94 years ago, liar H.K. McCann launched his NYC ad agency with the slogan "Truth Well Told." That was a big fat lie. Advertising copywriter Copyranter brings you instances of advertising lies and the lying liars who sell them.
Many agencies gladly put overused iconic images such as the Statue of Liberty in ads. It's profitable: dumb clients understand the concepts and usually buy them. It's easy: no long hours spent coming up with something original. However, manipulating pictures of those two mortally-wounded monoliths is still way off limits. But not in France! Earlier this year, the Paris office of my good buds BBDO exploited them—but for a good cause. Trees! Take a look.
The ad is for the ecological organization Défi Pour La Terre (Challenge for the Earth), in association with the Nicolas Hulot Foundation. This is the sort of European style super-clean layout that makes jealous American art directors touch themselves. Even the logo's wonderfully tiny!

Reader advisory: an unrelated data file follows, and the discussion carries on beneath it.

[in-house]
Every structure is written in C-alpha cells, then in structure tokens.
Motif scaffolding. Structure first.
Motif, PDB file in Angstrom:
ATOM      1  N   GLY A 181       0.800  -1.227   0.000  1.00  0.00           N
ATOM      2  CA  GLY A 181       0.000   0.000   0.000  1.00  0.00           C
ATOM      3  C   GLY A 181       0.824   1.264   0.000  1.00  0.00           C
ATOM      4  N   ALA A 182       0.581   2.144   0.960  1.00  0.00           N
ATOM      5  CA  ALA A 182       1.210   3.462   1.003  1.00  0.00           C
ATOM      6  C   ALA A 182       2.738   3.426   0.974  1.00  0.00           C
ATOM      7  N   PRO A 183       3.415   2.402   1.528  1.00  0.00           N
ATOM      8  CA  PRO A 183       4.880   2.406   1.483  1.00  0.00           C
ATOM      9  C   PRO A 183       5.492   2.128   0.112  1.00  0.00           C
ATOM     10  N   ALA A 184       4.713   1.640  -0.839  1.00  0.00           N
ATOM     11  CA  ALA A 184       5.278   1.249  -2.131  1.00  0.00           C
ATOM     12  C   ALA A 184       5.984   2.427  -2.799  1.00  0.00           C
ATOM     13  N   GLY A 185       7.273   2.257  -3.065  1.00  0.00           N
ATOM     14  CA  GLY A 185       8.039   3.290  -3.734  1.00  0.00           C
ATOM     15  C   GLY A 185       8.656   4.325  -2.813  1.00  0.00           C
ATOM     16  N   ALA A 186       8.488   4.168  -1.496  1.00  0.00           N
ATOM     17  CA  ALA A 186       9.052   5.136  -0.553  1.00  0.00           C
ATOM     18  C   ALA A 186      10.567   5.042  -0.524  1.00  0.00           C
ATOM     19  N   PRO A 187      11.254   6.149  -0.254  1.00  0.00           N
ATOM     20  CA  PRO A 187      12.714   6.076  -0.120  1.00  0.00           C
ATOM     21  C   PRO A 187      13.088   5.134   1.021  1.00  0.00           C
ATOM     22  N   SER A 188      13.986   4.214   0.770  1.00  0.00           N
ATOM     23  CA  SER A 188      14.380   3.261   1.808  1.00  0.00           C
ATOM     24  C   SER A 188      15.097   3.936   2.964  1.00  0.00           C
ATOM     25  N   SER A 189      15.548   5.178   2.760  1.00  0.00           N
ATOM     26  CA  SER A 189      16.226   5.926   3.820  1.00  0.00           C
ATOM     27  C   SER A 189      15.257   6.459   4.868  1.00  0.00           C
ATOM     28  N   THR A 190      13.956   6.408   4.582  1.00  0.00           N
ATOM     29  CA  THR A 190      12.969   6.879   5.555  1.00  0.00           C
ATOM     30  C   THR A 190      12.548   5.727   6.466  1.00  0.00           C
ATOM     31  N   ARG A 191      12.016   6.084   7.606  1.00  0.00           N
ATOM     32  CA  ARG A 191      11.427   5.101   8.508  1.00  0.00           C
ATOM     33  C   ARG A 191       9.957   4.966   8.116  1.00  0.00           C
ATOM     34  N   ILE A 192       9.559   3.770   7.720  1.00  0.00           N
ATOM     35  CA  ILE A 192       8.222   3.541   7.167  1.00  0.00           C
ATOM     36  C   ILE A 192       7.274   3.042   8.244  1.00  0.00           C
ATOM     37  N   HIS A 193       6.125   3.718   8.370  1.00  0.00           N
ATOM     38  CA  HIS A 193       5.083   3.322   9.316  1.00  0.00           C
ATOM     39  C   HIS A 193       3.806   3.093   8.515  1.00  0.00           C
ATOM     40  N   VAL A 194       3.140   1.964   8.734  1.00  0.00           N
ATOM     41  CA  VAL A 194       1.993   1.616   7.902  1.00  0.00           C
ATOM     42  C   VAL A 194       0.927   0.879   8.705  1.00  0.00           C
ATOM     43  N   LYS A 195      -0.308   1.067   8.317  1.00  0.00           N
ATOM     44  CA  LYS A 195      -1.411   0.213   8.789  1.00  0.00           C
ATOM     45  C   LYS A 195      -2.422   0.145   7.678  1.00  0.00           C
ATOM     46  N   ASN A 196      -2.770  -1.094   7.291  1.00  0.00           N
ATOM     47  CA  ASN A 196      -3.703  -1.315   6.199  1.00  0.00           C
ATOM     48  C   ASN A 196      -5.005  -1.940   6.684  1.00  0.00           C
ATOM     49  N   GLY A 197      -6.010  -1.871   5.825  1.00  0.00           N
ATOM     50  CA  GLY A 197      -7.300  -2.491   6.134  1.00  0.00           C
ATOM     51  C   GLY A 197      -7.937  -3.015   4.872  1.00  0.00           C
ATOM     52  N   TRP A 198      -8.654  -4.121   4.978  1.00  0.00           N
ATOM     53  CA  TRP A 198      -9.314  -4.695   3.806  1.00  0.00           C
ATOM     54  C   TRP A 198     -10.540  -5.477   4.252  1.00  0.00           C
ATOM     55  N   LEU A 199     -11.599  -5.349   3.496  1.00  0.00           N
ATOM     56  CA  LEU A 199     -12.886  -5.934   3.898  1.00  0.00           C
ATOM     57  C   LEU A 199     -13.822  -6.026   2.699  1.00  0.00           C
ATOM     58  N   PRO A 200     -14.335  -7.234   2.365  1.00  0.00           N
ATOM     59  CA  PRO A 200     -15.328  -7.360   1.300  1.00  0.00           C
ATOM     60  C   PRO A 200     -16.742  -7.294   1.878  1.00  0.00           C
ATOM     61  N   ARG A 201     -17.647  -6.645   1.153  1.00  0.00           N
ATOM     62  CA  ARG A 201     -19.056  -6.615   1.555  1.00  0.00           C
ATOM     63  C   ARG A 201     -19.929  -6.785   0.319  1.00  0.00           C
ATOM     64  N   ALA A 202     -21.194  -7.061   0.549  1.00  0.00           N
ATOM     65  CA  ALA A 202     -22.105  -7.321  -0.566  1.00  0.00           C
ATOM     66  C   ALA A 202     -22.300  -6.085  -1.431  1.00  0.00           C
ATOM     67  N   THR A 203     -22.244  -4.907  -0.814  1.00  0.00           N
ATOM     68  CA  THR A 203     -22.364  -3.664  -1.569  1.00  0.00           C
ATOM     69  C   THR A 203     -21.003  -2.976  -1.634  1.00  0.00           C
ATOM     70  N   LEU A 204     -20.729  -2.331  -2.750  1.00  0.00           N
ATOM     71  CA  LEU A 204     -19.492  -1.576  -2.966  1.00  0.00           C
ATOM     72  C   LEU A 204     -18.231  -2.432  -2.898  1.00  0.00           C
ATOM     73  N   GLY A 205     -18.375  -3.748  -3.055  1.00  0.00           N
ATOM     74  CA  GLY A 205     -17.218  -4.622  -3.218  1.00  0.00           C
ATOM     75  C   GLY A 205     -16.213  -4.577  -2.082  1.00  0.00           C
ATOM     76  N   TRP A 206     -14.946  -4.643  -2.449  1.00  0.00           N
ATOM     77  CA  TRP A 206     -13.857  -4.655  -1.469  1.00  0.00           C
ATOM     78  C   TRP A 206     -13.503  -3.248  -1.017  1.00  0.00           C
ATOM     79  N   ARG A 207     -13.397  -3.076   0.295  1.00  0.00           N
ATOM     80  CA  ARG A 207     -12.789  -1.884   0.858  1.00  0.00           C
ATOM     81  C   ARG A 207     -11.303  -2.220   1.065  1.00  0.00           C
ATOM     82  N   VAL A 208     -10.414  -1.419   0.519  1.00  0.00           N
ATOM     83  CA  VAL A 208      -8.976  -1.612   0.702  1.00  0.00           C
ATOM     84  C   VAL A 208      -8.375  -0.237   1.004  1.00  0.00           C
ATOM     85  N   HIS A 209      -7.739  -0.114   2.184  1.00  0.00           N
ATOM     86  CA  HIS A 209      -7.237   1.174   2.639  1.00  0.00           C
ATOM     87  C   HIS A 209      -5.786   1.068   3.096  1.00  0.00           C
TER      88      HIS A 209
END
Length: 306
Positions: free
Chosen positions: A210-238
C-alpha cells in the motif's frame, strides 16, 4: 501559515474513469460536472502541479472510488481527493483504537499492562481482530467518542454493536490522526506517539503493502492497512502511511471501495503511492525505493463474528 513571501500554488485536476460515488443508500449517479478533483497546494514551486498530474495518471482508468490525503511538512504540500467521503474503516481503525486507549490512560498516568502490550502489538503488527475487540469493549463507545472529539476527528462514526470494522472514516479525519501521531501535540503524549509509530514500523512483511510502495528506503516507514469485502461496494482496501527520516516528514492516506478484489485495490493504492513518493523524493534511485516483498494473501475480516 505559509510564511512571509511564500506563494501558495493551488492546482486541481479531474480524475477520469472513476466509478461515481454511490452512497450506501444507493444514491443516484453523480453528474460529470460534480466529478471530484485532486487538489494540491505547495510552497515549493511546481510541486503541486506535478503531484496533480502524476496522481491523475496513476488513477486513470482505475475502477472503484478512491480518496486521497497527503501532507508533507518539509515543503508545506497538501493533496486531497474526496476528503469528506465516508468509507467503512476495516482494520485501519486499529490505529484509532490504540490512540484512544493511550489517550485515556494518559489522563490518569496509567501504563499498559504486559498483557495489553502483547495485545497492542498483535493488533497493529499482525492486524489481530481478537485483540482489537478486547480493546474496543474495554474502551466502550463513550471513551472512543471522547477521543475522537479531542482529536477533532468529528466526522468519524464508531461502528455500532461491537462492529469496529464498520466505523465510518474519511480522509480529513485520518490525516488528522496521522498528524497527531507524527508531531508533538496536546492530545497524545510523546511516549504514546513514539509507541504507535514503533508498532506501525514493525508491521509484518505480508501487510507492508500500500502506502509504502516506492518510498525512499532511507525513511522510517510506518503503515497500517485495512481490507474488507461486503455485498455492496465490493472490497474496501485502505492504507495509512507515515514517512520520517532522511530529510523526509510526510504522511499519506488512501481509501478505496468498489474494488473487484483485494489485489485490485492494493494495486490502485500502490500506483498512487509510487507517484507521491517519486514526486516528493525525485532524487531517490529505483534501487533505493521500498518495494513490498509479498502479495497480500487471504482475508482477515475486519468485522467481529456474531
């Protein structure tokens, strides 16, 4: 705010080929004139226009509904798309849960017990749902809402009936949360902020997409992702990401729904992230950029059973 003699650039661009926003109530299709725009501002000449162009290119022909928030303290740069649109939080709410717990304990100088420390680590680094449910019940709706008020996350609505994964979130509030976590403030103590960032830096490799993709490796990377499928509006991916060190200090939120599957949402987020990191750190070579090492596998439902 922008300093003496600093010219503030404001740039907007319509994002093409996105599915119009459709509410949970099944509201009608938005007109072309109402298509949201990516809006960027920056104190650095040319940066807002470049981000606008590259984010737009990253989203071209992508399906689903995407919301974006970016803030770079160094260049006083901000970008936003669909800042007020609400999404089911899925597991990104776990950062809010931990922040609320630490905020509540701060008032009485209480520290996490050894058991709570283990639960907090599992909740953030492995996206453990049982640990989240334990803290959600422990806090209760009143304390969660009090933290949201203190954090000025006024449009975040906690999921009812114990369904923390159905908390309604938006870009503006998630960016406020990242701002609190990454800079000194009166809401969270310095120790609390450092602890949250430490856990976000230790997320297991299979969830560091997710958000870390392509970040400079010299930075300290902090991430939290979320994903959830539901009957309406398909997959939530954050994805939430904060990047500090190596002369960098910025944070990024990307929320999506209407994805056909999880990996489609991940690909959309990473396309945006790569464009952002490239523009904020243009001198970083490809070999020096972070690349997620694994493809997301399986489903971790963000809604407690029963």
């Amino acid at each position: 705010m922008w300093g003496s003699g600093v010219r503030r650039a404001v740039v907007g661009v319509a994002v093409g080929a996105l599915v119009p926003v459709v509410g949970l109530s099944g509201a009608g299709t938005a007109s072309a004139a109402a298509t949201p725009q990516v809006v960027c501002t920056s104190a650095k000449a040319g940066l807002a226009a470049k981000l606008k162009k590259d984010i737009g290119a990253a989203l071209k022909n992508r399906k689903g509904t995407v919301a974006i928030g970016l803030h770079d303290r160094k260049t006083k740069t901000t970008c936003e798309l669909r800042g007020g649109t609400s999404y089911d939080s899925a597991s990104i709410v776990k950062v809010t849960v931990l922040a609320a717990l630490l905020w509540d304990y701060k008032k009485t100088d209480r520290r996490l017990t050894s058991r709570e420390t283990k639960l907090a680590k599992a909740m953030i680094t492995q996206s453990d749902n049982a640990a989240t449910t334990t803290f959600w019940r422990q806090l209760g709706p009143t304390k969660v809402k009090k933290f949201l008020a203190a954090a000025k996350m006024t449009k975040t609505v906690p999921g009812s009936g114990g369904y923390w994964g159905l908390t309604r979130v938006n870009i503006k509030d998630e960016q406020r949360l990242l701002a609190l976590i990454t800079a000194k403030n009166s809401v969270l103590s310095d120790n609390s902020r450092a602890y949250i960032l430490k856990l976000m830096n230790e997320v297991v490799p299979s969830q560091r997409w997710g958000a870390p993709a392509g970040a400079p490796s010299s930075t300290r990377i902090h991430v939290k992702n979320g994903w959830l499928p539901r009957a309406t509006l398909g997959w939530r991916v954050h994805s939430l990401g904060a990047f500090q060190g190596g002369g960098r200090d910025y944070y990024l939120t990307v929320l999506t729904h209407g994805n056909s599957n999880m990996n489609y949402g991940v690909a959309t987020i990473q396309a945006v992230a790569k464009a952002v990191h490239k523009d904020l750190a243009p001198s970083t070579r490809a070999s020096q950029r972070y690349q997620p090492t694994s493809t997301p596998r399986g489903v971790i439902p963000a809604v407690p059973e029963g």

Is the ad insensitive? How bout if they'd added a couple of falling leaves? (Ah! That's what it needs!) More to the point, is the ad effective? Does it make you want to get off your ass and do something? Maybe lobby your Congressperson in the name of Kyoto?
Back in 2005, MTV was evidently squashed by Uncle Sam in their attempt to use the burning towers to draw attention to AIDS, hunger, and homelessness. Those are digitally-rendered stills from a commercial that apparently ran only once before being pulled.
But you can bet at least a few copywriters and art directors have presented ideas to their creative directors using the image. Maybe even some of boards have survived to make it to a client presentation. After all, photos of the burning Hindenburg have been used in ads. So when will the towers no longer be verboten? 2011? Never?